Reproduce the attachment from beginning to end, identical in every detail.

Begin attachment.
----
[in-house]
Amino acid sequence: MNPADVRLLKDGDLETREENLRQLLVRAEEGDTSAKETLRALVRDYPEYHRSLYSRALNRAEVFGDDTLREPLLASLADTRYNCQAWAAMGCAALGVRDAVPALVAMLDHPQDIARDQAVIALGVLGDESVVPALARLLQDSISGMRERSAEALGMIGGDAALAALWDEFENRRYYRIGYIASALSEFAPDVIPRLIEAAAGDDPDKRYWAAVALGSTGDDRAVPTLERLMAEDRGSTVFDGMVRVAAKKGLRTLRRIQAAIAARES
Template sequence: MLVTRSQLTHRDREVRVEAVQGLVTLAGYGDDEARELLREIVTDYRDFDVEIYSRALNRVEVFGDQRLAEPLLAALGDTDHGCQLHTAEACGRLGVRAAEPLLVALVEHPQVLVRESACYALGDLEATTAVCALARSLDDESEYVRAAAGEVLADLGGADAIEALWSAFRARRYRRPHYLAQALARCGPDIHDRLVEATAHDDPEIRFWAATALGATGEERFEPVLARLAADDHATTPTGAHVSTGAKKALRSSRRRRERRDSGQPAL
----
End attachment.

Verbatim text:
[in-house]
Amino acid sequence: MNPADVRLLKDGDLETREENLRQLLVRAEEGDTSAKETLRALVRDYPEYHRSLYSRALNRAEVFGDDTLREPLLASLADTRYNCQAWAAMGCAALGVRDAVPALVAMLDHPQDIARDQAVIALGVLGDESVVPALARLLQDSISGMRERSAEALGMIGGDAALAALWDEFENRRYYRIGYIASALSEFAPDVIPRLIEAAAGDDPDKRYWAAVALGSTGDDRAVPTLERLMAEDRGSTVFDGMVRVAAKKGLRTLRRIQAAIAARES
Template sequence: MLVTRSQLTHRDREVRVEAVQGLVTLAGYGDDEARELLREIVTDYRDFDVEIYSRALNRVEVFGDQRLAEPLLAALGDTDHGCQLHTAEACGRLGVRAAEPLLVALVEHPQVLVRESACYALGDLEATTAVCALARSLDDESEYVRAAAGEVLADLGGADAIEALWSAFRARRYRRPHYLAQALARCGPDIHDRLVEATAHDDPEIRFWAATALGATGEERFEPVLARLAADDHATTPTGAHVSTGAKKALRSSRRRRERRDSGQPAL